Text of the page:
Wednesday, November 16, 2011

Thoughts on becoming self aware

Today is my 35th birthday.  I've been contemplating the implications and wanted to share some of the thoughts that have been bouncing around inside my head.  They all seem to come back to the idea of knowing myself... so here is a collection of the ideas:

The Matrix (1999) depicted the main character, Neo, as a man who had been trapped inside a virtual world his entire life, never knowing that his 'reality' was just a computer generated world.  When he got out of the Matrix and into the real world, he learned that nothing was as it seemed, not even himself.  By technological means, his mind is able to interact with the Matrix and he learns that he has a 'mental image' of himself, or a way of thinking about himself that affects how he looks and behaves.  It is called his 'residual self image', a kind of  sub-conscious way of thinking about one's self.  In my mind, I'm about 19 years old and 180 lbs.  I've got drive and stamina and the world is my oyster.  In reality, I can't do what a 19 year old can do... I've managed to find an extra 80 lbs or so and my get up and go got up and went. 

Orson Scott Card's 'Speaker for the Dead' (1986) introduces a profession, a sort of Eulogist.  The role of a Speaker for the Dead is to research the life of the deceased and then speak about it.  The speech is not to persuade, but rather to reveal, without bias, the person.  The Speaker tries to describe the life of the person as that person tried to live it, the good and the bad, the sterling moments and the flaws.  The deceased will hopefully have the honor of being seen in the entirety of who he/she was, a person.  In addition to being a key theme in the Ender Series of books, this ability to see past a person's actions and see the person themselves is appealing to me.  I don't know if I'm honest enough to see all of my flaws, but I like to think that I am open enough to be able to accept them when they are revealed to me.  Not to be comfortable with having those flaws, but comfortable enough to own them and be able to work on them to be a healthier person.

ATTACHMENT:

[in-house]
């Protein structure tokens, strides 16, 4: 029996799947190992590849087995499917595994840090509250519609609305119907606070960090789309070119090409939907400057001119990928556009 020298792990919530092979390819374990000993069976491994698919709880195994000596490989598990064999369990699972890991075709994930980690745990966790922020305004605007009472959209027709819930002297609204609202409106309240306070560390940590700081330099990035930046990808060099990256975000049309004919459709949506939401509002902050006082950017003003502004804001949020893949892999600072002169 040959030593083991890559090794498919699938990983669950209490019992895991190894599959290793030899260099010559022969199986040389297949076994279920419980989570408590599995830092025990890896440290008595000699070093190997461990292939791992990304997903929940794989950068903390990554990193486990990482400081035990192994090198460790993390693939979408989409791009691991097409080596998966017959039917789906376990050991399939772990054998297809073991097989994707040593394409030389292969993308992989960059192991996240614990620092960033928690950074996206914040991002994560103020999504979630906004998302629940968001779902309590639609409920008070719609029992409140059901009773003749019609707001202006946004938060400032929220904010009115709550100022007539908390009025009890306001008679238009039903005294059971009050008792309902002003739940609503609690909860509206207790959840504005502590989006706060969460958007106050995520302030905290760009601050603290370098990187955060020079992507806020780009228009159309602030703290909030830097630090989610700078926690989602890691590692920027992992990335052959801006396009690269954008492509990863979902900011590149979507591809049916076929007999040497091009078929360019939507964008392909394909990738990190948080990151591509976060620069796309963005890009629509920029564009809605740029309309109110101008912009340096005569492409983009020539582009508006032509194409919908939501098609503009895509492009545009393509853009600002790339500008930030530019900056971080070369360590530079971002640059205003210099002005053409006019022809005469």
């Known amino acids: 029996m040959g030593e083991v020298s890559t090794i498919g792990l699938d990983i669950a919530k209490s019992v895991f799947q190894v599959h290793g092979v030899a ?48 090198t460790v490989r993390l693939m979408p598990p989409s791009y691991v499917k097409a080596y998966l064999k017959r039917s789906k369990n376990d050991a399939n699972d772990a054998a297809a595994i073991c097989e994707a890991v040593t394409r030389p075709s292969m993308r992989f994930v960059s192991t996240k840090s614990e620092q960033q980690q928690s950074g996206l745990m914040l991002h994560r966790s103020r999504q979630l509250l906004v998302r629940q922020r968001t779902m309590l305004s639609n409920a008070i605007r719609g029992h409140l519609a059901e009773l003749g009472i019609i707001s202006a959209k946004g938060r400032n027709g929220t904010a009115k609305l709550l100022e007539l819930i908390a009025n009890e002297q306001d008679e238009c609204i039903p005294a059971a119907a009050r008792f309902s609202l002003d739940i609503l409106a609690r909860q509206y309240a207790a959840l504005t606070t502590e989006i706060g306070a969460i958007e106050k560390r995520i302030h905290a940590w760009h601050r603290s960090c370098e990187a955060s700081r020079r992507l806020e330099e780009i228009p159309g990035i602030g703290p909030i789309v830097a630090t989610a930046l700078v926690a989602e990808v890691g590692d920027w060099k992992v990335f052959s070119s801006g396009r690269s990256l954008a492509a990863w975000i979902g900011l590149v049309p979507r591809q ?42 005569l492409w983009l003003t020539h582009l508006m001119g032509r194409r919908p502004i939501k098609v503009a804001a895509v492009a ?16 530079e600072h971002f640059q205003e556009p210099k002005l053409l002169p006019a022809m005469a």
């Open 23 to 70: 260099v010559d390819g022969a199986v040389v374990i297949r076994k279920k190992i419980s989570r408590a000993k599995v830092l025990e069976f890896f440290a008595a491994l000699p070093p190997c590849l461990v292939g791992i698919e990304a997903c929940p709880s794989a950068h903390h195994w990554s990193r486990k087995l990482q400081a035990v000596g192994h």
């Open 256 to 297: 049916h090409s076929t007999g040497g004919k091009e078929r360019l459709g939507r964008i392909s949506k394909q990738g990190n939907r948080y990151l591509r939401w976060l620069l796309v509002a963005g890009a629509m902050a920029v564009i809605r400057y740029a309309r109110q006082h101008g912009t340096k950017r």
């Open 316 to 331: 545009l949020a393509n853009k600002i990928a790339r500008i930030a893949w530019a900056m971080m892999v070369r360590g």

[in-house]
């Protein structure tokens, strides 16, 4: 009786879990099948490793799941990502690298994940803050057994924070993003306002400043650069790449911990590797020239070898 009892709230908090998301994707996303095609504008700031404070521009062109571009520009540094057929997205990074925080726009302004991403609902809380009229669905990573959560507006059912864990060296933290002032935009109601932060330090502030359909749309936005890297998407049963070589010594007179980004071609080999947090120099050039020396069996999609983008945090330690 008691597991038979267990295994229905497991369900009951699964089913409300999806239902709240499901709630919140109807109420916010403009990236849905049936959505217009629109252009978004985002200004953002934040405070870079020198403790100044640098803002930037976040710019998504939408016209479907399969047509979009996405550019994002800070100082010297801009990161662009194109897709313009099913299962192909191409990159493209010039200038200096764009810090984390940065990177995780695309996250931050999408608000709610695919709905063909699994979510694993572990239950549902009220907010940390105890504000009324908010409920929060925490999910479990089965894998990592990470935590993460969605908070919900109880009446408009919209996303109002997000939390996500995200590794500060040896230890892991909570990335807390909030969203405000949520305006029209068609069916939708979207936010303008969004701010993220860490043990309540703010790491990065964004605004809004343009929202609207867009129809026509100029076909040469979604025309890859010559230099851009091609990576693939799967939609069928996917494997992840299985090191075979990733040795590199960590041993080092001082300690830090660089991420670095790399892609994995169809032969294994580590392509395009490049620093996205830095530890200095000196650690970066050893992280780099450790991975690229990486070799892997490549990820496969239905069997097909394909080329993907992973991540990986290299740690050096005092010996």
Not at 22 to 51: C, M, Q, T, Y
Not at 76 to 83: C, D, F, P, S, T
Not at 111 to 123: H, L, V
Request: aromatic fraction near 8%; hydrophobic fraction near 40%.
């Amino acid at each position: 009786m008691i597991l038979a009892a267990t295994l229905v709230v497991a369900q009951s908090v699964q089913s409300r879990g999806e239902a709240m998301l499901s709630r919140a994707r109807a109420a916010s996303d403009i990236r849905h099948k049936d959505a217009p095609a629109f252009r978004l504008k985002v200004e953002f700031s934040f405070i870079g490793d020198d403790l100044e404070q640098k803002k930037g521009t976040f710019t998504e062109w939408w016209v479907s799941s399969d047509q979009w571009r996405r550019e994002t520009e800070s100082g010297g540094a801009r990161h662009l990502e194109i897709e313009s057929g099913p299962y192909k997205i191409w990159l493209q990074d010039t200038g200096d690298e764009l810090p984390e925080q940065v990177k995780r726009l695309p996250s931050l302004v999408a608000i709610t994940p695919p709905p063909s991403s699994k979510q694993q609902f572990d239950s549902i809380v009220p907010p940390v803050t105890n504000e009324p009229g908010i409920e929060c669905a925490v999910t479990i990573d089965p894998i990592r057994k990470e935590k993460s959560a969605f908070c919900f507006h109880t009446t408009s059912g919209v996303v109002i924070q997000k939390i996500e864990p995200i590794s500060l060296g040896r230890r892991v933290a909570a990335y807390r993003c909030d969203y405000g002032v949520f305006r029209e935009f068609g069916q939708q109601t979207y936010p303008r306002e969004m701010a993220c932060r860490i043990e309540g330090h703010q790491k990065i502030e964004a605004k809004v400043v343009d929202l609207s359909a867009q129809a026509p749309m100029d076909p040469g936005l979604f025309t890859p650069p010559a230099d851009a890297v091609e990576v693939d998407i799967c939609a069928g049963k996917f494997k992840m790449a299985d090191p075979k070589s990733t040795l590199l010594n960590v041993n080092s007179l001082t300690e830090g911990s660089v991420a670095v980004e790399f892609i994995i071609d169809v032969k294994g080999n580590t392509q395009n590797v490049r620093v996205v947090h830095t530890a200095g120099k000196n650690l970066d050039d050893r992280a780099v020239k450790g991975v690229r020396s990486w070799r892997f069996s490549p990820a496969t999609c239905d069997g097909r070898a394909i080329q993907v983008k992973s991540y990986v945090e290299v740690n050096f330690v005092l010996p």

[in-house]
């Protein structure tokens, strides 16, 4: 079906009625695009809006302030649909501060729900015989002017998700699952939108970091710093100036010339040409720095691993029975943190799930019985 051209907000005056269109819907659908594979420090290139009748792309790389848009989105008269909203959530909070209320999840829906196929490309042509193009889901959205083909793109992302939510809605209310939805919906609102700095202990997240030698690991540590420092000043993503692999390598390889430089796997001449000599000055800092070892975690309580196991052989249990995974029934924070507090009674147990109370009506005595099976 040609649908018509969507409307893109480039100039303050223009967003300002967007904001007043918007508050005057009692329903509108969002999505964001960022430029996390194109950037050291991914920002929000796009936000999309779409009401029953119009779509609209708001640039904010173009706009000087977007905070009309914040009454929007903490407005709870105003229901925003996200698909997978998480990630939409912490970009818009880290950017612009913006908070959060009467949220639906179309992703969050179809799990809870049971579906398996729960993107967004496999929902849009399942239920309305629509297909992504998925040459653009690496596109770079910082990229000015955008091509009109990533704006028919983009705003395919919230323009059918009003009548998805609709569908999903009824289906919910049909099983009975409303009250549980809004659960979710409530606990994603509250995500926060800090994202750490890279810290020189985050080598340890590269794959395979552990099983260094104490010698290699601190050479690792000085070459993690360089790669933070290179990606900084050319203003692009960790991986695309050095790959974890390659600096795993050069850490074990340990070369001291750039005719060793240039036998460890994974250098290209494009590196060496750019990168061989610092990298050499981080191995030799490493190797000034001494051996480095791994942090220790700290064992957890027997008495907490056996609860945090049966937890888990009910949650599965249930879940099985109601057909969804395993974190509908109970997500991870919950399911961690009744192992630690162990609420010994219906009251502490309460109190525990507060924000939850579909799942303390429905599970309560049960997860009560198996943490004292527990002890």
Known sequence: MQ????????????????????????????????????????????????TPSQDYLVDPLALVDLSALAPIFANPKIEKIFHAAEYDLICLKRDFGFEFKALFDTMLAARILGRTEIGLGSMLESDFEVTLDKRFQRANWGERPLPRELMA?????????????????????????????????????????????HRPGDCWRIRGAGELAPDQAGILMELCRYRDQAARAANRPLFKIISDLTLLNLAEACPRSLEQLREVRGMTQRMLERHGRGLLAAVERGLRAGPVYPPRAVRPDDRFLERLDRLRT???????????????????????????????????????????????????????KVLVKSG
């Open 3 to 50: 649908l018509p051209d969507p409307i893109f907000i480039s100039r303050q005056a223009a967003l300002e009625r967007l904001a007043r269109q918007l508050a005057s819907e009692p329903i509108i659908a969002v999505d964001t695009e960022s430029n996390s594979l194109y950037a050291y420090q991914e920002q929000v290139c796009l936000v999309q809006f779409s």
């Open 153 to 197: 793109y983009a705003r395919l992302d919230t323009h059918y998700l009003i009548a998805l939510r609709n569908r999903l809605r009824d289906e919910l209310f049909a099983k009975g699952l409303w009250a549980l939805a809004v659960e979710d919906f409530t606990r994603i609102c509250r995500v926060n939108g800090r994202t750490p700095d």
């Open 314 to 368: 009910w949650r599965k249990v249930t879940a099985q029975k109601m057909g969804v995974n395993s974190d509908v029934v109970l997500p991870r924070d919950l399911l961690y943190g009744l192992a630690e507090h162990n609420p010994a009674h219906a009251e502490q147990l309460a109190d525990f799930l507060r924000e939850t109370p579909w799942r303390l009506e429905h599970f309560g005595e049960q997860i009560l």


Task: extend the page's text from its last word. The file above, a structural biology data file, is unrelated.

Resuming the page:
In the Eragon Series, the structure of the magic that binds the universe together is such that names of things have power.  This is a common enough theme in fantasy fiction, but Paolini utilizes a deeper structure, giving each item in his universe a 'true name'.  Knowing a thing's 'true name' is a form of power over that thing.  Knowing a person's 'true name' gives the knower power over that person.  Knowing one's own 'true name' gives one a special understanding or insight into one's self.  In 'Inheritance' (2011), Eragon is forced to examine himself so he can discover his 'true name' and, in doing so, learns that at least for sentient beings, a 'true name' is both defining and empowering because it is not permanent.  As a person grows, develops and changes, so does one's 'true name' because it is a reflection of the person.  It is the sum of what a person is: the good, the bad and the ugly.  I recall that in a moment of insight in my mid-twenties, I admitted that I was perpetually fearful that someone would look at me and point out that I had no clue what I was doing in ministry and would call me on it.  Every Sunday was shooting from the hip, every interaction was relying on my talent and education to make it look like I was confident that I had a plan.  I didn't always feel that way, of course, but it was an honest feeling.  It wasn't until I hit about 30 that I felt like I finally entered adulthood, that I belonged among capable, responsible adults.  In reading about the 'true name' idea, I wonder what mine would look like if I was able to really see myself as a person and not try to be what I thought others expected me to be.